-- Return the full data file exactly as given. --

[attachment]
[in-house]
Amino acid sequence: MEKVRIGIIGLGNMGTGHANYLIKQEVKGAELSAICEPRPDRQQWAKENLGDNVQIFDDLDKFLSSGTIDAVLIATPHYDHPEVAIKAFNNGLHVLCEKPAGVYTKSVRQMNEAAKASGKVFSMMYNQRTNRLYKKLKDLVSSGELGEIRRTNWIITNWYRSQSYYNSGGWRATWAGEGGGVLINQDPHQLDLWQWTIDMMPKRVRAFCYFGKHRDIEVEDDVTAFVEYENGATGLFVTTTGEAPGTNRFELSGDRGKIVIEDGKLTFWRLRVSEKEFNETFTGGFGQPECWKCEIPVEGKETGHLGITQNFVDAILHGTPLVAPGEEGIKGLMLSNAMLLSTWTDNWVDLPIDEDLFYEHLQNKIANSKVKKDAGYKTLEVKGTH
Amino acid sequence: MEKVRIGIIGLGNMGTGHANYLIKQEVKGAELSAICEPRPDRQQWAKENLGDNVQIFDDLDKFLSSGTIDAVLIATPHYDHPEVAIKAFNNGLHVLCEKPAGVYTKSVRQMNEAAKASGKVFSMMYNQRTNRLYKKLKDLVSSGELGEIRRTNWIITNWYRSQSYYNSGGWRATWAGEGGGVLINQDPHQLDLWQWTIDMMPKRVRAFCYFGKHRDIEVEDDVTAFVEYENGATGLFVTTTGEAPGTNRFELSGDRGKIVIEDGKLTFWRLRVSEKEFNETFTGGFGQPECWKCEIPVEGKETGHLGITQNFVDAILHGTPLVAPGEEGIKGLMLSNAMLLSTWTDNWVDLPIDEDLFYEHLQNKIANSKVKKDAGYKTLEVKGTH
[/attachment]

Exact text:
[in-house]
Amino acid sequence: MEKVRIGIIGLGNMGTGHANYLIKQEVKGAELSAICEPRPDRQQWAKENLGDNVQIFDDLDKFLSSGTIDAVLIATPHYDHPEVAIKAFNNGLHVLCEKPAGVYTKSVRQMNEAAKASGKVFSMMYNQRTNRLYKKLKDLVSSGELGEIRRTNWIITNWYRSQSYYNSGGWRATWAGEGGGVLINQDPHQLDLWQWTIDMMPKRVRAFCYFGKHRDIEVEDDVTAFVEYENGATGLFVTTTGEAPGTNRFELSGDRGKIVIEDGKLTFWRLRVSEKEFNETFTGGFGQPECWKCEIPVEGKETGHLGITQNFVDAILHGTPLVAPGEEGIKGLMLSNAMLLSTWTDNWVDLPIDEDLFYEHLQNKIANSKVKKDAGYKTLEVKGTH
Amino acid sequence: MEKVRIGIIGLGNMGTGHANYLIKQEVKGAELSAICEPRPDRQQWAKENLGDNVQIFDDLDKFLSSGTIDAVLIATPHYDHPEVAIKAFNNGLHVLCEKPAGVYTKSVRQMNEAAKASGKVFSMMYNQRTNRLYKKLKDLVSSGELGEIRRTNWIITNWYRSQSYYNSGGWRATWAGEGGGVLINQDPHQLDLWQWTIDMMPKRVRAFCYFGKHRDIEVEDDVTAFVEYENGATGLFVTTTGEAPGTNRFELSGDRGKIVIEDGKLTFWRLRVSEKEFNETFTGGFGQPECWKCEIPVEGKETGHLGITQNFVDAILHGTPLVAPGEEGIKGLMLSNAMLLSTWTDNWVDLPIDEDLFYEHLQNKIANSKVKKDAGYKTLEVKGTH